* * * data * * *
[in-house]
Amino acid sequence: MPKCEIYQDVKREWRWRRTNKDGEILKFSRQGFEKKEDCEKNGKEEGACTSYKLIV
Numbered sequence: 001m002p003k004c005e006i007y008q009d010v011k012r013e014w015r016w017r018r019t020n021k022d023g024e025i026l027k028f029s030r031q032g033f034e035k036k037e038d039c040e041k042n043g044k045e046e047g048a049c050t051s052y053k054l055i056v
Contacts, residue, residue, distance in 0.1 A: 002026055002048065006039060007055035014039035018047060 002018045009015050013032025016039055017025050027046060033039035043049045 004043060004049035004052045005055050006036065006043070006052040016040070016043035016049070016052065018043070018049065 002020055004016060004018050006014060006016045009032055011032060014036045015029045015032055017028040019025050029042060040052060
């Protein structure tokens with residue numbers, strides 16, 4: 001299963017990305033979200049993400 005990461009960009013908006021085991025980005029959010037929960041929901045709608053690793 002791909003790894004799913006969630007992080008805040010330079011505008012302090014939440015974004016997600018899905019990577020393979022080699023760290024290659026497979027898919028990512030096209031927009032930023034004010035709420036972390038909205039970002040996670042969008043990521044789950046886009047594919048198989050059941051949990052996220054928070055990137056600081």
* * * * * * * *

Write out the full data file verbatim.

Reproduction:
[in-house]
Amino acid sequence: MPKCEIYQDVKREWRWRRTNKDGEILKFSRQGFEKKEDCEKNGKEEGACTSYKLIV
Numbered sequence: 001m002p003k004c005e006i007y008q009d010v011k012r013e014w015r016w017r018r019t020n021k022d023g024e025i026l027k028f029s030r031q032g033f034e035k036k037e038d039c040e041k042n043g044k045e046e047g048a049c050t051s052y053k054l055i056v
Contacts, residue, residue, distance in 0.1 A: 002026055002048065006039060007055035014039035018047060 002018045009015050013032025016039055017025050027046060033039035043049045 004043060004049035004052045005055050006036065006043070006052040016040070016043035016049070016052065018043070018049065 002020055004016060004018050006014060006016045009032055011032060014036045015029045015032055017028040019025050029042060040052060
């Protein structure tokens with residue numbers, strides 16, 4: 001299963017990305033979200049993400 005990461009960009013908006021085991025980005029959010037929960041929901045709608053690793 002791909003790894004799913006969630007992080008805040010330079011505008012302090014939440015974004016997600018899905019990577020393979022080699023760290024290659026497979027898919028990512030096209031927009032930023034004010035709420036972390038909205039970002040996670042969008043990521044789950046886009047594919048198989050059941051949990052996220054928070055990137056600081």